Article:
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On the eve of immunity, 10 reflections

1: I get my first vaccine jab tomorrow. Pfizer. I’m excited: by my reckoning that makes me about five weeks out from being immune. I’m privileged in that the pandemic has been inconvenient at most, but I miss hanging out with my friends and extended family. I can see the light at the end of the tunnel. It feels good.

2: The Moderna and Pfizer vaccines are the first production uses of mRNA techniques for vaccination. Although they received emergency authorization from the FDA, the research began 30 years ago; already it looks like an HIV vaccine based on similar technology looks promising. The AstraZeneca and Johnson & Johnson vaccines in particular were based on techniques originally developed to treat HIV. Money is now flowing into mRNA research.

3: I have complicated feelings about vaccine passports. Dr. Fauci says the US federal government won’t introduce them.

On one hand, I think this is right. An internal COVID passport system is effectively akin to an ID card, which can have real knock-on effects on civil liberties. Here’s a thought experiment: what happens when it becomes easier to get a vaccine passport in one location than another? What do we know about provision of services in predominantly white neighborhoods vs in predominantly black neighborhoods?

I see a vaccine passport to travel between countries as less problematic; those already exist. But internal checkpoints to travel or use services are not great and can open the door to other forms of required ID that can perpetuate inequities.

On the other, it seems reasonable that private businesses will start requiring proof of vaccination to enter. You’ll need to show you’ve been vaccinated to go to bars, sports games, schools, and so on. Given the inevitability this private ecosystem, these proofs of vaccination will need to be regulated. So should we get ahead of them? How can we solve those issues of inequity and avoid mass surveillance while also keeping everyone safe?

Is it worse than a driving license? Does the analogy fit? It’s complicated.

4: At least 40,000 children in the US alone have lost a parent to COVID-19. The loss seems unfathomable.

5: It’s been weird watching people I grew up with turn into anti-mask COVID-deniers. I’m not sure what happened, but it’s surreal to find people I consider friends sharing FUD posts from the executive editor of Breitbart UK (also a climate denier!) while opining, “why is nobody thinking critically about this?”

Some of these same friends were also “jet fuel doesn’t melt steel beams” people, and in that light, I suppose the signs were always there. But I find it confronting to say the least to see this happen to people I trusted. I don’t know what happens to those friendships - and I’m fully aware that this post can’t exactly help - but it feels like disinformation that should have been squarely in the realm of the “out there” has become invasive.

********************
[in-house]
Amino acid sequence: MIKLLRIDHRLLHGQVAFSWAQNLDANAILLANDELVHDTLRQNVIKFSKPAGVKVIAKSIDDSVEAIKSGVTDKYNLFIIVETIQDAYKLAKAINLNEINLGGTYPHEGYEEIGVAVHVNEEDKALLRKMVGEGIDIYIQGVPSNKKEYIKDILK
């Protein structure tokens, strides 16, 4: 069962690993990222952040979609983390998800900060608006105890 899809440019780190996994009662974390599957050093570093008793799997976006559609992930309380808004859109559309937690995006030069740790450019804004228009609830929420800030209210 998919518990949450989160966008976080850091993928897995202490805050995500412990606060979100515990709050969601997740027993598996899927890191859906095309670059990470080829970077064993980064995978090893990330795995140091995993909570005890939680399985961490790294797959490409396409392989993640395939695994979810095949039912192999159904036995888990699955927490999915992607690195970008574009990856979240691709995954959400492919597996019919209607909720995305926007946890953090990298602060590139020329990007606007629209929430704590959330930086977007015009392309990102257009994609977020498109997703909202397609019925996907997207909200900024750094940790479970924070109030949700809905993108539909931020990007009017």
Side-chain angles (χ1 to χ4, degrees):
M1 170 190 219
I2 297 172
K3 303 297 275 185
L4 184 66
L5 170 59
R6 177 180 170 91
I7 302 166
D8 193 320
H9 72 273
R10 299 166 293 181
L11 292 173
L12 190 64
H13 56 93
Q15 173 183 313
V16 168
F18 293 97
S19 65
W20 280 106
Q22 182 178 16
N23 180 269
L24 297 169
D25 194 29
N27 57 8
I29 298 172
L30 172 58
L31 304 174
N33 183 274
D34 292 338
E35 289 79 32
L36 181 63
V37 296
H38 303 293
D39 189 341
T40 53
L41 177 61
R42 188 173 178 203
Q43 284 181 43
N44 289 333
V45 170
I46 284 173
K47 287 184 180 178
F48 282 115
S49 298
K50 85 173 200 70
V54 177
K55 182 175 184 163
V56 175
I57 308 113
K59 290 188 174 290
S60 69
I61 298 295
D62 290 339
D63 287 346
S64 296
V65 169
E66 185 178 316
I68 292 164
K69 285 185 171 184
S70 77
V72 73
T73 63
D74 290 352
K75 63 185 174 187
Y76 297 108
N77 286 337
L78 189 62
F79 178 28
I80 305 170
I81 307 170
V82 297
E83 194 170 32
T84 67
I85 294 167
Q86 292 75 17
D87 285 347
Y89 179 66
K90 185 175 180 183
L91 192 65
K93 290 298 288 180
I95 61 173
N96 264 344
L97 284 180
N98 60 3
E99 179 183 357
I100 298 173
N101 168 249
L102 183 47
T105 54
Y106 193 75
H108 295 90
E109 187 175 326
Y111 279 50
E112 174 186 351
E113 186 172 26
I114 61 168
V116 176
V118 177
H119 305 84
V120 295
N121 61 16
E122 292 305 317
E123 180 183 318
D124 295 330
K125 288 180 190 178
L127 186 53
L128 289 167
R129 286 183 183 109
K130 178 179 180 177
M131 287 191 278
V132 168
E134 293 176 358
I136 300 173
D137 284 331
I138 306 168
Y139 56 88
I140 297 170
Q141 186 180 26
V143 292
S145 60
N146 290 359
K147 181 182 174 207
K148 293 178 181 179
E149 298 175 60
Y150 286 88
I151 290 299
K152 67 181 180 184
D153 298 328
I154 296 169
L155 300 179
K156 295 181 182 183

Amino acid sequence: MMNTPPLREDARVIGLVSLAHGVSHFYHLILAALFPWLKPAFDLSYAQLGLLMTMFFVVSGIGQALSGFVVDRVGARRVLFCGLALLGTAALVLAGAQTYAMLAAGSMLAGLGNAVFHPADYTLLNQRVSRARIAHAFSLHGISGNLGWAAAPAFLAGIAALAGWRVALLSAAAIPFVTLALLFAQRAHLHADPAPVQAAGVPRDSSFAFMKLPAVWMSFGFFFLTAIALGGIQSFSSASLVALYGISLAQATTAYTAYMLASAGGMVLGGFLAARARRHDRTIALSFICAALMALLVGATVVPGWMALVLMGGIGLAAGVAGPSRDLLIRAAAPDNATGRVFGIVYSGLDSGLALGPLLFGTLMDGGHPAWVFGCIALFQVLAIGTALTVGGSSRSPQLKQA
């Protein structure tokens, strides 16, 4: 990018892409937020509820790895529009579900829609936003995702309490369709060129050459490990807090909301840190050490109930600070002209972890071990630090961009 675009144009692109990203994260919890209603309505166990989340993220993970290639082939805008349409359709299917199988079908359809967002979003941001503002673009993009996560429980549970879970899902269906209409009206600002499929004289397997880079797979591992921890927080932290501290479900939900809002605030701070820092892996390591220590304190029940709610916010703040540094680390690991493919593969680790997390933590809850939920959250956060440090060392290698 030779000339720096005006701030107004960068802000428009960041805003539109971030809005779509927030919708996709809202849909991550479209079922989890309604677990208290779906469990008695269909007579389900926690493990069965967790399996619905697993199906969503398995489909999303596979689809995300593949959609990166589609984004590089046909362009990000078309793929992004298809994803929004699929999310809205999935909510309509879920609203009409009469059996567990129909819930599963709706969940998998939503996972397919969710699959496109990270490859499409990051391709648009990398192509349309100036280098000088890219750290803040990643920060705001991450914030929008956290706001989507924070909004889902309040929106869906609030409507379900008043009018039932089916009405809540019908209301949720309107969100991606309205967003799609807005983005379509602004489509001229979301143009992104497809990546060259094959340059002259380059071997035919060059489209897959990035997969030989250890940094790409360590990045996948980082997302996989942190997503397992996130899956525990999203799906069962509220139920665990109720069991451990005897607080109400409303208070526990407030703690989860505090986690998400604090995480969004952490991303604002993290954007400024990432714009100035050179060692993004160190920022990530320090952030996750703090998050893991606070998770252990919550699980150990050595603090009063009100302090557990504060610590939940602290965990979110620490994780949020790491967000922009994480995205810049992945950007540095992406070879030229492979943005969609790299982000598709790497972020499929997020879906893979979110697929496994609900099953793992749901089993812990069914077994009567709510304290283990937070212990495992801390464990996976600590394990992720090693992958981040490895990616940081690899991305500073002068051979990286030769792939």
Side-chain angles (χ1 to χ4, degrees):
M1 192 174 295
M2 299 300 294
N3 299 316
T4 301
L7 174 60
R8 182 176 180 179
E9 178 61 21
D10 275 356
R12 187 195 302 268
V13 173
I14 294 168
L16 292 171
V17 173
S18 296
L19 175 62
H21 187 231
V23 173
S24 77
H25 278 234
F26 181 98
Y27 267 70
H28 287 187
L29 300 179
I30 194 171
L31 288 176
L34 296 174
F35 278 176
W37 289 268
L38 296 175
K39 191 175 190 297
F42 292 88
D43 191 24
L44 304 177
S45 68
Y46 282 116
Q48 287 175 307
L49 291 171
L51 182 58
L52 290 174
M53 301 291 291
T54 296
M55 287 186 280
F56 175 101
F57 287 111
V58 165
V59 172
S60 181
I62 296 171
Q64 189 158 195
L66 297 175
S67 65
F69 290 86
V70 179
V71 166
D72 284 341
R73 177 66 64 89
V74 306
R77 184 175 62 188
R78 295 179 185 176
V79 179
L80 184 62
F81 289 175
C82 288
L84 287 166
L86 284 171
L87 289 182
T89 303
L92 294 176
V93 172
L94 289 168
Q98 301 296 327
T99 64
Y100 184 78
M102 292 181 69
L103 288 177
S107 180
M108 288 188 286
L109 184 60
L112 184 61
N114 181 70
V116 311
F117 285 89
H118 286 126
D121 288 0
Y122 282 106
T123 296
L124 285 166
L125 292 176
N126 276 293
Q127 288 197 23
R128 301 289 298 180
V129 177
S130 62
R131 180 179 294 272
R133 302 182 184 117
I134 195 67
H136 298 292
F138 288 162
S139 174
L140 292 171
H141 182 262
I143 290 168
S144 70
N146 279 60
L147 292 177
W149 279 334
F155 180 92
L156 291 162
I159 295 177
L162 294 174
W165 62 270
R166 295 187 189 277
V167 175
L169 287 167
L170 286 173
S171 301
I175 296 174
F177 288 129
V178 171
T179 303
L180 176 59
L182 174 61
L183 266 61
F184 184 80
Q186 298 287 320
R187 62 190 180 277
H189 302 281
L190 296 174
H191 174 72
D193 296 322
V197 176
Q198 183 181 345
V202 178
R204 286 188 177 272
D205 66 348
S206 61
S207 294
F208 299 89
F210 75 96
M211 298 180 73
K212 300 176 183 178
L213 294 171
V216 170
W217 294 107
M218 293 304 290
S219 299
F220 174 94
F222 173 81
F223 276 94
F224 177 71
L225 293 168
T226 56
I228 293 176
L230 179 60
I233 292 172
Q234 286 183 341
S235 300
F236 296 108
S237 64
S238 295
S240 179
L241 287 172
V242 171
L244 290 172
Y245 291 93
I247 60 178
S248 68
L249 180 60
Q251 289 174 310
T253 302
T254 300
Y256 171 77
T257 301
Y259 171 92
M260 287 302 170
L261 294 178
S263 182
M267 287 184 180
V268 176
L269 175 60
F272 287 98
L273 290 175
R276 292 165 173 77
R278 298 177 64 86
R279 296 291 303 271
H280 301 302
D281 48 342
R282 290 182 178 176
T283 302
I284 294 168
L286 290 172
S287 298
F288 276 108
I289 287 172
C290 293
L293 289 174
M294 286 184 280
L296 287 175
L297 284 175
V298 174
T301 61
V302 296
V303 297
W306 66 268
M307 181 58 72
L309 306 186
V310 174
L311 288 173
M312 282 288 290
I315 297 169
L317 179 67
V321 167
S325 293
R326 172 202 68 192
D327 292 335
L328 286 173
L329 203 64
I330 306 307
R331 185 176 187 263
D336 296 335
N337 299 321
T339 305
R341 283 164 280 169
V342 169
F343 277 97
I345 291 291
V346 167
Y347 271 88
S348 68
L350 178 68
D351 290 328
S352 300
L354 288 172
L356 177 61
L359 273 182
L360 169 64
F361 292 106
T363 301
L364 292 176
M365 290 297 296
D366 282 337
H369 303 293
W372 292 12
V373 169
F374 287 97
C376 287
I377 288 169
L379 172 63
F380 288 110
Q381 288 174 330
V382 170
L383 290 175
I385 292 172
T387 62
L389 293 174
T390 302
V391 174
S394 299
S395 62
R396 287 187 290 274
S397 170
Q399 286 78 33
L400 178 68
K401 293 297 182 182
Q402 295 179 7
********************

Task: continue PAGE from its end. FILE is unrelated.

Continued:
It’s a smaller loss than many have endured, but I feel it, and I’m mystified by it.

6: All my immediate loved ones will have been vaccinated by Wednesday. This gives me a lot of peace.

7: My mother continues to decline, completely independently to the pandemic. It’s been a silver lining of this whole situation that I’ve been able to spend time with my parents and support them while this has been happening. She’s nine years out from her double lung transplant and continues to fight hard; an inspiration to all of us in both spirit and action. She resents her decline and dearly wants to be healthy. I wish I could wave a magic wand and make it so.

Pulmonary fibrosis treatment techniques may improve outcomes in patients with long covid damage to their lungs. It’s possible that mRNA techniques may also improve outcomes in patients with dyskeratosis congenita by correcting telomerase production. It’s all connected, but it’s going to be too late for my mother, my aunt, my grandmother, and my cousin.

8: Poorer countries may not be vaccinated until 2024. As a direct result, the pandemic could last for half a decade. One of the reasons Oxford University chose to work with AstraZeneca instead of Merck because of fears that working with a US company would prevent the vaccine from being equitably distributed.

How can we help with this?

I don’t have a satisfying answer, but I appreciate Janet Yellen’s calls for increased aid. I feel like the US should contribute more directly, not least because of its vaccine hoarding. We can and should do better. (That doesn’t mean we will.)

9: Locking down was important. According to the LSE, the stronger government interventions at an early stage were, the more effective they proved to be in slowing down or reversing the growth rate of deaths. We were repeatedly told by skeptics that we’d lose lives to suicide due to isolation; as it turns out, loss of life to suicide in 2020 was lower than the preceding three years. Lockdown was a public good that saved lives.

I note that conservatives who oppose lockdown are less vocal about blanket infringements on the right to protest. I’m much more concerned about these: in particular, 2020 saw important protests for racial equality that should not be impeded. Black Lives Matter, and the pandemic should not be used as an excuse to squash this movement.

10: I’ve said this before, but I hope we don’t “go back to normal” after pandemic. We need to move forward. So much change has been shown to be possible, from workplaces to societal inclusion to scientific endeavor. We’ve shown that we can come together as communities rather than isolated individuals. As the light at the end of the tunnel gets brighter, I see so many possibilities for growth. Let’s embrace them.